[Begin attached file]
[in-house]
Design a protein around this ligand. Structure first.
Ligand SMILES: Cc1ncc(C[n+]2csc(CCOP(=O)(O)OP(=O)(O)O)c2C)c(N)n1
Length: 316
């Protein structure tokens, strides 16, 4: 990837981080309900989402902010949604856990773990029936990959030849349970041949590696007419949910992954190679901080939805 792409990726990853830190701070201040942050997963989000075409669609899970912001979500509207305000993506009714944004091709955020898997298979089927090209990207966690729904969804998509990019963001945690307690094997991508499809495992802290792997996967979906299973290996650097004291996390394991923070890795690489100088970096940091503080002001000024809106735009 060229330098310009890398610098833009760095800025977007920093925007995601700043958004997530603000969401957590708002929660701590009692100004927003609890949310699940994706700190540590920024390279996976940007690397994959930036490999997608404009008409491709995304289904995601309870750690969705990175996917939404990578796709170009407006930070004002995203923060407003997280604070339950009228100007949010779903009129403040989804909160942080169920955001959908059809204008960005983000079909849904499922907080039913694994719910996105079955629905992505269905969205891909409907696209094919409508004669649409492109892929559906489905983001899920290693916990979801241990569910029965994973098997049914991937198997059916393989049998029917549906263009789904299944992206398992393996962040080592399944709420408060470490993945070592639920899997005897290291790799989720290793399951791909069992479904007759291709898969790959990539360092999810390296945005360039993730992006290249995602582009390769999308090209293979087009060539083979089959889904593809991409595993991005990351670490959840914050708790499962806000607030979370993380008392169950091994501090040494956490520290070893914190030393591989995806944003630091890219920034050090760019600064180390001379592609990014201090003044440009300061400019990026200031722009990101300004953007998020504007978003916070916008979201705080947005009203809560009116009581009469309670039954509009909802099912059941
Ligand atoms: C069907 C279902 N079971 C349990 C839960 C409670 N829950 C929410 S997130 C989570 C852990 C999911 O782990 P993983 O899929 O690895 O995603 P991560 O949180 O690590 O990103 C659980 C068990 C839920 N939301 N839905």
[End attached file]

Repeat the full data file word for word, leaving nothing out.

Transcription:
[in-house]
Design a protein around this ligand. Structure first.
Ligand SMILES: Cc1ncc(C[n+]2csc(CCOP(=O)(O)OP(=O)(O)O)c2C)c(N)n1
Length: 316
């Protein structure tokens, strides 16, 4: 990837981080309900989402902010949604856990773990029936990959030849349970041949590696007419949910992954190679901080939805 792409990726990853830190701070201040942050997963989000075409669609899970912001979500509207305000993506009714944004091709955020898997298979089927090209990207966690729904969804998509990019963001945690307690094997991508499809495992802290792997996967979906299973290996650097004291996390394991923070890795690489100088970096940091503080002001000024809106735009 060229330098310009890398610098833009760095800025977007920093925007995601700043958004997530603000969401957590708002929660701590009692100004927003609890949310699940994706700190540590920024390279996976940007690397994959930036490999997608404009008409491709995304289904995601309870750690969705990175996917939404990578796709170009407006930070004002995203923060407003997280604070339950009228100007949010779903009129403040989804909160942080169920955001959908059809204008960005983000079909849904499922907080039913694994719910996105079955629905992505269905969205891909409907696209094919409508004669649409492109892929559906489905983001899920290693916990979801241990569910029965994973098997049914991937198997059916393989049998029917549906263009789904299944992206398992393996962040080592399944709420408060470490993945070592639920899997005897290291790799989720290793399951791909069992479904007759291709898969790959990539360092999810390296945005360039993730992006290249995602582009390769999308090209293979087009060539083979089959889904593809991409595993991005990351670490959840914050708790499962806000607030979370993380008392169950091994501090040494956490520290070893914190030393591989995806944003630091890219920034050090760019600064180390001379592609990014201090003044440009300061400019990026200031722009990101300004953007998020504007978003916070916008979201705080947005009203809560009116009581009469309670039954509009909802099912059941
Ligand atoms: C069907 C279902 N079971 C349990 C839960 C409670 N829950 C929410 S997130 C989570 C852990 C999911 O782990 P993983 O899929 O690895 O995603 P991560 O949180 O690590 O990103 C659980 C068990 C839920 N939301 N839905």